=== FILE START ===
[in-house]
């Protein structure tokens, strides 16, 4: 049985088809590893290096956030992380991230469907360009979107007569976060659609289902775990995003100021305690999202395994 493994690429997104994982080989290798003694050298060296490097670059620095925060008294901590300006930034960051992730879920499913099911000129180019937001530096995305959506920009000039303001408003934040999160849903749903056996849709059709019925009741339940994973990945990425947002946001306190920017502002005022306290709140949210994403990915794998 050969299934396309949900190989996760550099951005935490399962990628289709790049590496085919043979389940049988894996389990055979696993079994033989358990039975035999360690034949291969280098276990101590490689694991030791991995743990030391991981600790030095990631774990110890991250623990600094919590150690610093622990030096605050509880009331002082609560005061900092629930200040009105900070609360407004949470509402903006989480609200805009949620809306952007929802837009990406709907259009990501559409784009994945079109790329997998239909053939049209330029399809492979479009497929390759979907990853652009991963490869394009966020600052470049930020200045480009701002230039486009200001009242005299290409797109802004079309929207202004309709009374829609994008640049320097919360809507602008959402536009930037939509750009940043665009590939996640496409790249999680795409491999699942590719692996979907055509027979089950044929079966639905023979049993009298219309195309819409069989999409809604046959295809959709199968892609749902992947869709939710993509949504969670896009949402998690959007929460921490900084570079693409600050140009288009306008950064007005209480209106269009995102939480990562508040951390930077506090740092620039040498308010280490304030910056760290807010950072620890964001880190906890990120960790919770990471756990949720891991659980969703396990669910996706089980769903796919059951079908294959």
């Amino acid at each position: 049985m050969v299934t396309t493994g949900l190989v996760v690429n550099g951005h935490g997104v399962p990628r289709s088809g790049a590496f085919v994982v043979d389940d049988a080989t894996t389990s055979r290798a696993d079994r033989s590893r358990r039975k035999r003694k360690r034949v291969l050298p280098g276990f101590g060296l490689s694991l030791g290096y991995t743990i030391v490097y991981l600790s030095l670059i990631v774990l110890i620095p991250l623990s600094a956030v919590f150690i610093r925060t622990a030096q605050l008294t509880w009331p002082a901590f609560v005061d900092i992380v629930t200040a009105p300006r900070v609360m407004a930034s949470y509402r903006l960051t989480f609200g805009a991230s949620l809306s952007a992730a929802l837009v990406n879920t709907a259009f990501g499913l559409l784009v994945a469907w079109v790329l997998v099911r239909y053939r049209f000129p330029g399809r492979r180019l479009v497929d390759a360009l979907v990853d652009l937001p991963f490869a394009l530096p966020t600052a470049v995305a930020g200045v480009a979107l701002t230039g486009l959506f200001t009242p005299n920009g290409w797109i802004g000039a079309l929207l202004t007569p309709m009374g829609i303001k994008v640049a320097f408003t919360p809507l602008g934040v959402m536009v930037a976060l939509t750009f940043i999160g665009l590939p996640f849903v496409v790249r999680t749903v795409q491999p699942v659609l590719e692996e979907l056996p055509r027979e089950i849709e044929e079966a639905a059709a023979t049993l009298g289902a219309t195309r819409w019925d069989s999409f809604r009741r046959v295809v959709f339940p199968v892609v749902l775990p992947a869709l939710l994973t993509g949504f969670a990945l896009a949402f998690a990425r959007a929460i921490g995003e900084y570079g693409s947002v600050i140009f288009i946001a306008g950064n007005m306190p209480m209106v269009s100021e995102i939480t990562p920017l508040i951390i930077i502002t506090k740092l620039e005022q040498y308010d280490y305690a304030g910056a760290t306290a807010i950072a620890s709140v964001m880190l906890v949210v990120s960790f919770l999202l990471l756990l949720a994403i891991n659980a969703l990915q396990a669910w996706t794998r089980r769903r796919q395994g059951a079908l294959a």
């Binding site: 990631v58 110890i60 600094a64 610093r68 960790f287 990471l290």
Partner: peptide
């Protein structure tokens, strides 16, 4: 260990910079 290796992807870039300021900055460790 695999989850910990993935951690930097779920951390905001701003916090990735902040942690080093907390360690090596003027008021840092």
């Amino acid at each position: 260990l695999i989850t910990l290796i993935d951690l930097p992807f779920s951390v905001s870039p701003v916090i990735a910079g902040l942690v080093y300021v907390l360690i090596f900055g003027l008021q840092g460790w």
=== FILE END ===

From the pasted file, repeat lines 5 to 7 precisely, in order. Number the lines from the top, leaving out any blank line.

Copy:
Partner: peptide
């Protein structure tokens, strides 16, 4: 260990910079 290796992807870039300021900055460790 695999989850910990993935951690930097779920951390905001701003916090990735902040942690080093907390360690090596003027008021840092």
């Amino acid at each position: 260990l695999i989850t910990l290796i993935d951690l930097p992807f779920s951390v905001s870039p701003v916090i990735a910079g902040l942690v080093y300021v907390l360690i090596f900055g003027l008021q840092g460790w």